10 Countries With The Highest Industrial Outputs In The World
By Victor Kiprop on August 27 2019 in World Facts
In 2016 china exported goods worth $2.342 trillion. Editorial credit: Tommy Studio / Shutterstock.com
In the past decade, the global economy has improved significantly. Compared to previous decades, developing countries are doing better and are contributing significantly to the global product output. The United States still holds the title of the world’s largest economy estimated at $18 trillion, China ranks second at $11 trillion, while Japan ranks third at $4.4 trillion.
The three countries account for an estimated 45% of the global economy. The Chinese economy is rising at a speedy rate, and the Centre for Economics and Business Research (CEBR) forecasts that by 2029 the Chinese economy will surpass the US as the world’s largest economy. The rise of China's economy can be directly attributed to the increase in the country’s output.
China has the world’s largest industrial output. In 2016 it is estimated that the country produced $4.566 trillion of industrial output. Strong factory output, stable retail sales, and an ever-growing export market have helped propel China meet its economic expectations.
In the third quarter of 2017, the GDP grew by 6.8%. The industrial output grew by 6.6% in September 2017 compared to a year earlier. In 2016 china exported goods worth $2.342 trillion, it was only surpassed by the European Union which exported $2.659 trillion.
The European Union ranked just behind China with an industrial output of $4.184 trillion.
Despite being the largest economy, the United States ranked behind China and the European Union in terms of industrial output. In 2016 the U.S industrial output totaled $3.602 trillion. In the same year, the U.S exported goods worth $1.620 trillion.
The third quarter of 2016 witnessed a real output of $1.92 trillion the highest ever in a quarter since the Great Recession of 2008. The manufacturing sector employed more than $12.4 million in March 2017.
The largest exports by the US were transportation equipment, chemicals, electronics and computers, and non-electrical machinery.
Japan ranks third in the global ranking, and Asia’s second state. A decade ago, Japan was the second largest economy until it was surpassed by China. In the recent past, Japan's economy economic might has been put into question particular after the nuclear meltdown in Fukushima and its demographic composition.
In 2016 Japan’s total industrial output was $1.368 while its export revenue totaled $683.85. Japan has the largest public debt as a percentage of the GDP, a situation that is preventing the private investments in the country.
The disparity in productivity in the various sectors of the economy continues to widen hindering the growth of the export-oriented economy.
Germany is Europe’s largest economy and the fourth largest in the world. It is also Europe’s largest industrial producer. In 2016 Germany’s industrial output totaled $1.050 trillion. Germany witnessed the highest surge in industrial output in August 2017, the largest since 2010.
The growth in industrial output is expected to be solid throughout the third quarter of the year. The manufacturing output increased by 3.2% as industries churned out more consumer and intermediate goods. The automobile industry was the key driver behind the surgeon industrial output.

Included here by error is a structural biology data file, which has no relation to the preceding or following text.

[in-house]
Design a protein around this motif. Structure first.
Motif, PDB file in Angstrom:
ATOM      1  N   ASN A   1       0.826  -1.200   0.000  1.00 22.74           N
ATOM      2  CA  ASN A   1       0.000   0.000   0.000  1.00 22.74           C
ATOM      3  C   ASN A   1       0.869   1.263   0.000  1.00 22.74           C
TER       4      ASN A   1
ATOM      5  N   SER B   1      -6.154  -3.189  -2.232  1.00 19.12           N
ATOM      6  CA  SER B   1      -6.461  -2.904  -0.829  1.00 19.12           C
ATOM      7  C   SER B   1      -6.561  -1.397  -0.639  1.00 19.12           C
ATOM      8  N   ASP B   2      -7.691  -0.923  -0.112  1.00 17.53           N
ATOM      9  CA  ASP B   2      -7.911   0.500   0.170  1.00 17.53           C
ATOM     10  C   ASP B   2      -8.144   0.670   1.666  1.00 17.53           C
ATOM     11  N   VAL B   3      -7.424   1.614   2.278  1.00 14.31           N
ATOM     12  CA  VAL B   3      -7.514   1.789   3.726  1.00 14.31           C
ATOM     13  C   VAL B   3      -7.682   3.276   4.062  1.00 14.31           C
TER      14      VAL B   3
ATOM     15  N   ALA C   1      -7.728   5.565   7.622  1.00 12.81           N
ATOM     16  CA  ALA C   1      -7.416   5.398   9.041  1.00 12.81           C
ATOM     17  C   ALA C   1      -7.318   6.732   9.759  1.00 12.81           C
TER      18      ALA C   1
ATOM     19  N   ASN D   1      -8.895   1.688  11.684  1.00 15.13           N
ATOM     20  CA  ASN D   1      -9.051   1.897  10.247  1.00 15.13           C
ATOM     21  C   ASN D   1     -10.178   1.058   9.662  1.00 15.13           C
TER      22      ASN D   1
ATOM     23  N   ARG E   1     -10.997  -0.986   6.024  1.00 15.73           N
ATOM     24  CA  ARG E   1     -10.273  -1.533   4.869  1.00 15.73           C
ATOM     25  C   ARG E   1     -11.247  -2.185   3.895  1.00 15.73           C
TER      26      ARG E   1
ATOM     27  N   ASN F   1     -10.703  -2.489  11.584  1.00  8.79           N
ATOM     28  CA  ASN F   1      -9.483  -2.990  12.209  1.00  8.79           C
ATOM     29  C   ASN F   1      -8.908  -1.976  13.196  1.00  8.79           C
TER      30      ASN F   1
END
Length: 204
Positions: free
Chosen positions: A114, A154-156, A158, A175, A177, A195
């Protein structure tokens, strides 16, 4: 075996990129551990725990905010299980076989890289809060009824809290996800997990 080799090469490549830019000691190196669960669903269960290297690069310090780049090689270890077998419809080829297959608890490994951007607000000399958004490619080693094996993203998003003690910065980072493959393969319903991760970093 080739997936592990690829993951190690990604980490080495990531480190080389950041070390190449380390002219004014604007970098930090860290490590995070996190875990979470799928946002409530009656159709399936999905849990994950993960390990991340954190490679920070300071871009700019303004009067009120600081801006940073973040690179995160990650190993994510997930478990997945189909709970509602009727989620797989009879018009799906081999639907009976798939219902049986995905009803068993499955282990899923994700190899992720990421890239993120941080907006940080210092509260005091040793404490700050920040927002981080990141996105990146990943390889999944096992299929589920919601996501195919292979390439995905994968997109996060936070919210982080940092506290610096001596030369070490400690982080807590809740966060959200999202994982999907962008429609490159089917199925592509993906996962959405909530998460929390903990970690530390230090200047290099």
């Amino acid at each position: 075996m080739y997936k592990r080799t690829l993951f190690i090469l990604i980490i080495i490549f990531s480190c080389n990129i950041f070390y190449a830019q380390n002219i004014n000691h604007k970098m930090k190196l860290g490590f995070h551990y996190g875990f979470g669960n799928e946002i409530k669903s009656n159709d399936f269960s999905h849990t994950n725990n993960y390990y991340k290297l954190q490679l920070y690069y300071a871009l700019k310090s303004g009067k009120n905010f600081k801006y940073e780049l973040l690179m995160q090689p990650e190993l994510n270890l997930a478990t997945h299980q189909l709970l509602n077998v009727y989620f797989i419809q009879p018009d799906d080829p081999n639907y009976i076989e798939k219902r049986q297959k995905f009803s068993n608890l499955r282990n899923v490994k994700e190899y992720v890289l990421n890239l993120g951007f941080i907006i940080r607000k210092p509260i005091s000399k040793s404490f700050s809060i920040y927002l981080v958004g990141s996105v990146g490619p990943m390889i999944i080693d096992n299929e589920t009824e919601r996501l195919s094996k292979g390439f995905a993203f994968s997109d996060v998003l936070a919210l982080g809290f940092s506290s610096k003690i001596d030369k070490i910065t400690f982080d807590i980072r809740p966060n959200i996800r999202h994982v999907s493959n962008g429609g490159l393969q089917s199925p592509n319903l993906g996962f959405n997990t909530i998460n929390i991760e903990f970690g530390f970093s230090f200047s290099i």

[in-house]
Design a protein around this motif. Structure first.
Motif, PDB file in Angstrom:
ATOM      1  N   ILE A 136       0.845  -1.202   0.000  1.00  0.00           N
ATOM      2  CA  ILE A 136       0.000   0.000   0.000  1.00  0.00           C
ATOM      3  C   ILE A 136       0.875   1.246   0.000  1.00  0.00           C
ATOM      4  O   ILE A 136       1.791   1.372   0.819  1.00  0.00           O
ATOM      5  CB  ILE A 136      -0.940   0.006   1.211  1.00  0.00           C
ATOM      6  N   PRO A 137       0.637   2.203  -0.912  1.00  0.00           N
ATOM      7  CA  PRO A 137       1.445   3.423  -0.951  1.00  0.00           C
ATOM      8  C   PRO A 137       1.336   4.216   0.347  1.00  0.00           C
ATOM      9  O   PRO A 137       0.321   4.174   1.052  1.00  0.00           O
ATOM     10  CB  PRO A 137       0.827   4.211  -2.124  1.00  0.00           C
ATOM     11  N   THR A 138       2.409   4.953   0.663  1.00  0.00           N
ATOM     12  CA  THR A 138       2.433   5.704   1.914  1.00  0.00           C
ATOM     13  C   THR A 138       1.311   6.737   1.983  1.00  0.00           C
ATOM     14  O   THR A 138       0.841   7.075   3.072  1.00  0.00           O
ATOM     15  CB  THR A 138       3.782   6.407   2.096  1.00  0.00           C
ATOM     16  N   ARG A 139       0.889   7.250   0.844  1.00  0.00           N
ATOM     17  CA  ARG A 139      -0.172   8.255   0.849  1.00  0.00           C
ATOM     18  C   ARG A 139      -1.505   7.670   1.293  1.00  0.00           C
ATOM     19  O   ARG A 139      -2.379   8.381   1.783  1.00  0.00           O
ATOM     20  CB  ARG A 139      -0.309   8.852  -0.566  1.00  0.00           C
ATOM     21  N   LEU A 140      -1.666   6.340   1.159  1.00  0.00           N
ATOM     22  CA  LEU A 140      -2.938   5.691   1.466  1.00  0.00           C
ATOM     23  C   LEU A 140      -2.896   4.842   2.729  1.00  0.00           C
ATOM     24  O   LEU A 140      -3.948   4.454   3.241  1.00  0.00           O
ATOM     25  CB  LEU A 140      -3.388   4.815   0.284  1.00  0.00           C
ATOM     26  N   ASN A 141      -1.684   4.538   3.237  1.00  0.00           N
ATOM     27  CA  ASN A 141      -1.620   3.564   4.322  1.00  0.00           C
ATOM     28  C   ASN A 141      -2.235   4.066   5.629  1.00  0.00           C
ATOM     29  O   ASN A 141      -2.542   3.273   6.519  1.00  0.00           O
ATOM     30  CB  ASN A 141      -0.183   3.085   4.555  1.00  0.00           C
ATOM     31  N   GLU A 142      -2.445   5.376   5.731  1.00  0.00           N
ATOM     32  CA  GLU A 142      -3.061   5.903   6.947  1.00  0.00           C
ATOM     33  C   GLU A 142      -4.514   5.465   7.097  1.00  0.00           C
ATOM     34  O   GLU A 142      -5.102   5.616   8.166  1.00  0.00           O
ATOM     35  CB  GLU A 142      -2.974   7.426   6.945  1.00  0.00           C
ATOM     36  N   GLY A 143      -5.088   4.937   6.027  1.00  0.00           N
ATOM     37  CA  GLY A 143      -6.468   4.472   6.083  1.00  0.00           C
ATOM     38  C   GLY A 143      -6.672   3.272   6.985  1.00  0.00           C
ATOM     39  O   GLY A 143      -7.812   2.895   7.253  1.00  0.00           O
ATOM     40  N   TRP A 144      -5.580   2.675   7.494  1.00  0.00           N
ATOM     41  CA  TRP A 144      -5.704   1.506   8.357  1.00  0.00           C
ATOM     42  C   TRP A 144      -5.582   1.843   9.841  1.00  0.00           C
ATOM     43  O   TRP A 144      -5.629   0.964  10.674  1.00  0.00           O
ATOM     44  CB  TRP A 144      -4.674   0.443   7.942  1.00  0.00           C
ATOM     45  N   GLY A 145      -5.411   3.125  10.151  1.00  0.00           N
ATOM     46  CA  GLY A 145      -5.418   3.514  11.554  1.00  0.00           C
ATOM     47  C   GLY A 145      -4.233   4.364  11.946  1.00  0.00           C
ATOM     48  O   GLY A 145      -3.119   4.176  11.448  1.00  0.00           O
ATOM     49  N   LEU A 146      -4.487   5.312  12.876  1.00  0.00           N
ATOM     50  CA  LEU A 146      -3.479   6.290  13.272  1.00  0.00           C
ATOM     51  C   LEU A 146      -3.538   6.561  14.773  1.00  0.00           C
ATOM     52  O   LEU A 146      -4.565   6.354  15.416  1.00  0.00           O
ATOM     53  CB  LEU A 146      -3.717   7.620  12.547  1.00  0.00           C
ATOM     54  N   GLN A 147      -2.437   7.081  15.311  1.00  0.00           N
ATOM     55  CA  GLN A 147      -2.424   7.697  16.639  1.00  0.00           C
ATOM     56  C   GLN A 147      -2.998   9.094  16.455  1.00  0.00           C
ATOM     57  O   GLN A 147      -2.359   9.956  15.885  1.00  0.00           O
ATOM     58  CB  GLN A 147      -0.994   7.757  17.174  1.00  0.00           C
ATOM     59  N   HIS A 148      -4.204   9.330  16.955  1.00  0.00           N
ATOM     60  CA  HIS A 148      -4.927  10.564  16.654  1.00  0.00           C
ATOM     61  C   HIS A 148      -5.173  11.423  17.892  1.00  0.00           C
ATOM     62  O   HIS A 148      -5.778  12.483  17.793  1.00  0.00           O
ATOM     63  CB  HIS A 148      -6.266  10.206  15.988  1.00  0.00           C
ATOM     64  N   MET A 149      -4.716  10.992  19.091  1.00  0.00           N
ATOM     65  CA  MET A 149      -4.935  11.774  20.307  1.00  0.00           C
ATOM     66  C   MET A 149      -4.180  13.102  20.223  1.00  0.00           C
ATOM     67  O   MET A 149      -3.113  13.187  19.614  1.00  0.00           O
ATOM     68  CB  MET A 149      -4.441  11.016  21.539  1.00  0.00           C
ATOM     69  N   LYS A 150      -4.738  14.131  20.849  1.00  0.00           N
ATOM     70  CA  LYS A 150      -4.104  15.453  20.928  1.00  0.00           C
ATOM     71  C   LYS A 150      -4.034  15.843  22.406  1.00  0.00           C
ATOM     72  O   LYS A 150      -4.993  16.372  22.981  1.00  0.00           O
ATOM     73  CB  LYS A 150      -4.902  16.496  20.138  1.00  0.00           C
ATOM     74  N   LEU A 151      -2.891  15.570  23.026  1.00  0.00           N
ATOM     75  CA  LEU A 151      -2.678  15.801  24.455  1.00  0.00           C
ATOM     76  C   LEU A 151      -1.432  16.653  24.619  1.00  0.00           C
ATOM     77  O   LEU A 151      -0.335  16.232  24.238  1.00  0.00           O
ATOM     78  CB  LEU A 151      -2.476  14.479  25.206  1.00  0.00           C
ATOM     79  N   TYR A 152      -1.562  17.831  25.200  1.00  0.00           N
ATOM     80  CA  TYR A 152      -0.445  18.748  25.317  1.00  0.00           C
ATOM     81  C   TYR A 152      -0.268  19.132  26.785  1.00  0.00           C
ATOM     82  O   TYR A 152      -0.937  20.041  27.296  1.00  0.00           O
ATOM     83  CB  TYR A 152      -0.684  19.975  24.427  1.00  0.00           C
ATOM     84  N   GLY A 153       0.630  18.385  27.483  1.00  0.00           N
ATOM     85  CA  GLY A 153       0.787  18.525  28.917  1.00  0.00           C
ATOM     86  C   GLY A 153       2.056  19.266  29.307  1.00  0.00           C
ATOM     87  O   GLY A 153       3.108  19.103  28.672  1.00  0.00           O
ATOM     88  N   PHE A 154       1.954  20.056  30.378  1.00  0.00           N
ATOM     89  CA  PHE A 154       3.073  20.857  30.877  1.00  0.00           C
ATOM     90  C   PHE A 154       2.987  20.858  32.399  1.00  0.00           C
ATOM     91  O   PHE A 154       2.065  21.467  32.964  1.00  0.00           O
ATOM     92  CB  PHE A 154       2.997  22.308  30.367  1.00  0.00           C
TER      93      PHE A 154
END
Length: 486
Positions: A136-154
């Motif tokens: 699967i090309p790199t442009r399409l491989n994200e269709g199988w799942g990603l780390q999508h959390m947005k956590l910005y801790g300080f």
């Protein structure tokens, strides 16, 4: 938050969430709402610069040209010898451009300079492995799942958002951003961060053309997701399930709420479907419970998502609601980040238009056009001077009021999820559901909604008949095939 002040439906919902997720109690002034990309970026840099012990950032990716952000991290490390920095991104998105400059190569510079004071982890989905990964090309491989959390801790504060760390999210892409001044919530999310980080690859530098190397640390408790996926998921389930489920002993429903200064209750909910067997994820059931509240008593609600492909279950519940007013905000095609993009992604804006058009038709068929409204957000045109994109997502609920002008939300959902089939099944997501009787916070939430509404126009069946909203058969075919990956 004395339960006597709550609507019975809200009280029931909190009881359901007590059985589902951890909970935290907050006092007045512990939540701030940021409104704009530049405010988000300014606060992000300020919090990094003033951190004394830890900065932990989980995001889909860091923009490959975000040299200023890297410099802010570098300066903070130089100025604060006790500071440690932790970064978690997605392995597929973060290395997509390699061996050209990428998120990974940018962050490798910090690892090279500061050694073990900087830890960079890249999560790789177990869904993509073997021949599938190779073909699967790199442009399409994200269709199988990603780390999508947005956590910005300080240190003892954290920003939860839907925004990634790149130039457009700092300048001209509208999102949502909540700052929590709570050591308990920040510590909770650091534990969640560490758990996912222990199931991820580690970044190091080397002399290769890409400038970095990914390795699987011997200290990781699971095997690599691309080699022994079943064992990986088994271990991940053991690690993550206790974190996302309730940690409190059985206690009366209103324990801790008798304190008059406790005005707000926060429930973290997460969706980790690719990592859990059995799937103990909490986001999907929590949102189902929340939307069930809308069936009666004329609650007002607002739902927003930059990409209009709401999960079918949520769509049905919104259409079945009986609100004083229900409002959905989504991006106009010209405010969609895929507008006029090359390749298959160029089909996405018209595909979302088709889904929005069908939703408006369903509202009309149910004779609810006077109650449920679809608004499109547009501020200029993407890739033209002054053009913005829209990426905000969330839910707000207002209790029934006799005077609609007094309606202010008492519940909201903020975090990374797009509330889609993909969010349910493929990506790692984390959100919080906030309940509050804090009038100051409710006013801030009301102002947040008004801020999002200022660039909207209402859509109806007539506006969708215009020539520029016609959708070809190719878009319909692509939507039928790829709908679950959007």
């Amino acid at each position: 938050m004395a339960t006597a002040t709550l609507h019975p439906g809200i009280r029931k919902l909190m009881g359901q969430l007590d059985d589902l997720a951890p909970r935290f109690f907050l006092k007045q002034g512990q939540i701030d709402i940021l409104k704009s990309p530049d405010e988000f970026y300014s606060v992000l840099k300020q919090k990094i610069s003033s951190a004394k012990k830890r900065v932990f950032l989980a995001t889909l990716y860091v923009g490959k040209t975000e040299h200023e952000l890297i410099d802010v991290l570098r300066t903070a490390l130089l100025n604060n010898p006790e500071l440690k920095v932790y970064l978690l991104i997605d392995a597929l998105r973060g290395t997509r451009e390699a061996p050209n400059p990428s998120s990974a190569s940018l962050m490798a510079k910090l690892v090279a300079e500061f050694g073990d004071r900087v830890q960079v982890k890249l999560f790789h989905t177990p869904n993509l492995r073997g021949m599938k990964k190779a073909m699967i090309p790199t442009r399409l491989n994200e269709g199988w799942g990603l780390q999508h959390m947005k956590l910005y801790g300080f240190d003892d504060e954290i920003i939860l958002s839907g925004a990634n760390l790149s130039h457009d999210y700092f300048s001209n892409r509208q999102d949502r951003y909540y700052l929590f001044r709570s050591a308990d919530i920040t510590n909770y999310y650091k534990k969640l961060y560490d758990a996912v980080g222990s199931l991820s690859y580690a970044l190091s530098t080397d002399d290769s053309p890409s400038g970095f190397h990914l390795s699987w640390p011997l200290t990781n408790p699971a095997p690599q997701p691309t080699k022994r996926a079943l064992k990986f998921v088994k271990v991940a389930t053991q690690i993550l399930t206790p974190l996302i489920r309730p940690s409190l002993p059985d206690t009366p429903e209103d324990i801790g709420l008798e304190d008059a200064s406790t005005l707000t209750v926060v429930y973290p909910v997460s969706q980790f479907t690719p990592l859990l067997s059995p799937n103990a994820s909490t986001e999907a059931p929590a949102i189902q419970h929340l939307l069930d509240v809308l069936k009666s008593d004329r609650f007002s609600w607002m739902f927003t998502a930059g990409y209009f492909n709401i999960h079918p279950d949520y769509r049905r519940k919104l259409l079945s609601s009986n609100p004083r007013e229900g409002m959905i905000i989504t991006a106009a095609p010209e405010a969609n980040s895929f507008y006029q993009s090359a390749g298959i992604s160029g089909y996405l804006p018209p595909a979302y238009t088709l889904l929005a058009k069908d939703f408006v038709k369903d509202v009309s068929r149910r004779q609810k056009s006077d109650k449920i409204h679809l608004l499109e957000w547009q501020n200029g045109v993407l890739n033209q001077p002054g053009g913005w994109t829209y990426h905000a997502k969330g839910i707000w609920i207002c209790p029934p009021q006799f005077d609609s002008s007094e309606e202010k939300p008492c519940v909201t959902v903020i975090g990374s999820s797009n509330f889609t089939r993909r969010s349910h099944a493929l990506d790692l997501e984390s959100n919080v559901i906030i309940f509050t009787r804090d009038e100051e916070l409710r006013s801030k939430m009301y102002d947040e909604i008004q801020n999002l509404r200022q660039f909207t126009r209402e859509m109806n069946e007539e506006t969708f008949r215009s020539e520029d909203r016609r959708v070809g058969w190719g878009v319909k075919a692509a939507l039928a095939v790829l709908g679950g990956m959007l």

Since the beginning of the millennium, India has proved itself as an economic powerhouse. The country has emerged to be the world’s fastest economy according to the CSO and the IMF. The world’s seventh largest economy is expected to be among the three top economies in the next two decades.
The Indian economy is expected to grow by 6.7 percent for the year 2017-18. By the end of 2018, the figure is expected to rise to 7.2 percent. The manufacturing industry is among strong pillars. In 2016 the country’s industrial production produced about $672 billion. Between April and June 2017 the economy grew by 5.
7 percent year-on-year.
Although not among the ten largest economies, South Korea’s industrial output continues to grow and ranks better some top economies. In 2016 the industrial output totaled $531 billion. The industrial output rose 2.
7 percent year on year in August, bolstered by growth in the technological, manufacturing, and automobile industries. Asian’s fourth-largest economy has witnessed a surge in exports of chipsets and exports to China which grew by 13.5%. The consumer index grew by 1.
8% as of October 2017 compared to the same time a year ago.
The United Kingdom is Europe’s second largest industrial producer after Germany. In 2016 the UK produced $505 billion from its industries.
Britain’s choice to leave the EU has left uncertainties in the economy as scholars and economists try to examine impacts of the move on the economy. Industrial output in the UK has maintained a 23-year boom streak leading to the growth of the wider economy.
The automobile industry grew by 3pc while the mining and quarrying grew by 0.7pc in September. Industrial outputs in France and Italy totaled $478 and $442 billion respectively.
The World's Largest Economies
The United States is still the world’s largest economy with a nominal GDP of $18 trillion. The European Union ranks second with $16.8 trillion while China ranks third with $11.2 trillion. Japan and Germany rank third and fourth respectively with $4.4 and $3.5 trillion respectively.
The UK, France, India, Italy, and Brazil complete the top ten in the order. Nigeria is Africa’s largest economy with a GDP of $569 Billion followed by South Africa at $350 billion.
Tuvalu is the world’s smallest economy with a GDP of $38 million, Montserrat ($63m), Kiribati ($180 m), Nauru ($182m), and Marshall Islands ($209 m) complete the five smallest economies.